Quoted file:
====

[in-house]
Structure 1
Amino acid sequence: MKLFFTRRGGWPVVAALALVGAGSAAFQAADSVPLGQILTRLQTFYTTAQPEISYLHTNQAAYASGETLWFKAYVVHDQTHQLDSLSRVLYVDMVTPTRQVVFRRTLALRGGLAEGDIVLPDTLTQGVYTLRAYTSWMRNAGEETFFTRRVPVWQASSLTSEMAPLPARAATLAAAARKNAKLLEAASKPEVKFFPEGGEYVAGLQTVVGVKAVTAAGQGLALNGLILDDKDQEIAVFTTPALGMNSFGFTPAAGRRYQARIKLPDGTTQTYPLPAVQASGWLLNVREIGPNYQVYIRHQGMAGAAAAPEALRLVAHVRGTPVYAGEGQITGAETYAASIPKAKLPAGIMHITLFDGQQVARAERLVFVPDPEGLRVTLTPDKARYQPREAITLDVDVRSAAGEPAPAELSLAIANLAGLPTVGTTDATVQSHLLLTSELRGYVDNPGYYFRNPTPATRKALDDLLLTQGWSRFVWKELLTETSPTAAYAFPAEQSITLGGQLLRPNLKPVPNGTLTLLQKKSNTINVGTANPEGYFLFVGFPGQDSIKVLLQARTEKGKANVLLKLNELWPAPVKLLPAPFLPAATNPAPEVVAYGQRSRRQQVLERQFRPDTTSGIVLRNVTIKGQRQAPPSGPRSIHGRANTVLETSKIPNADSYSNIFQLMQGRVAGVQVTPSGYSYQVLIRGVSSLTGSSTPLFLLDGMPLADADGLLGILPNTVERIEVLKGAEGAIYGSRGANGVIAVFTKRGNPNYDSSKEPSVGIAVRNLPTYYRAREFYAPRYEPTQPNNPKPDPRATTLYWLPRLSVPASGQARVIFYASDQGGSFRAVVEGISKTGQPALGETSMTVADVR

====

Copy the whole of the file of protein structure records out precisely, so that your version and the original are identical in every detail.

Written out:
[in-house]
Structure 1
Amino acid sequence: MKLFFTRRGGWPVVAALALVGAGSAAFQAADSVPLGQILTRLQTFYTTAQPEISYLHTNQAAYASGETLWFKAYVVHDQTHQLDSLSRVLYVDMVTPTRQVVFRRTLALRGGLAEGDIVLPDTLTQGVYTLRAYTSWMRNAGEETFFTRRVPVWQASSLTSEMAPLPARAATLAAAARKNAKLLEAASKPEVKFFPEGGEYVAGLQTVVGVKAVTAAGQGLALNGLILDDKDQEIAVFTTPALGMNSFGFTPAAGRRYQARIKLPDGTTQTYPLPAVQASGWLLNVREIGPNYQVYIRHQGMAGAAAAPEALRLVAHVRGTPVYAGEGQITGAETYAASIPKAKLPAGIMHITLFDGQQVARAERLVFVPDPEGLRVTLTPDKARYQPREAITLDVDVRSAAGEPAPAELSLAIANLAGLPTVGTTDATVQSHLLLTSELRGYVDNPGYYFRNPTPATRKALDDLLLTQGWSRFVWKELLTETSPTAAYAFPAEQSITLGGQLLRPNLKPVPNGTLTLLQKKSNTINVGTANPEGYFLFVGFPGQDSIKVLLQARTEKGKANVLLKLNELWPAPVKLLPAPFLPAATNPAPEVVAYGQRSRRQQVLERQFRPDTTSGIVLRNVTIKGQRQAPPSGPRSIHGRANTVLETSKIPNADSYSNIFQLMQGRVAGVQVTPSGYSYQVLIRGVSSLTGSSTPLFLLDGMPLADADGLLGILPNTVERIEVLKGAEGAIYGSRGANGVIAVFTKRGNPNYDSSKEPSVGIAVRNLPTYYRAREFYAPRYEPTQPNNPKPDPRATTLYWLPRLSVPASGQARVIFYASDQGGSFRAVVEGISKTGQPALGETSMTVADVR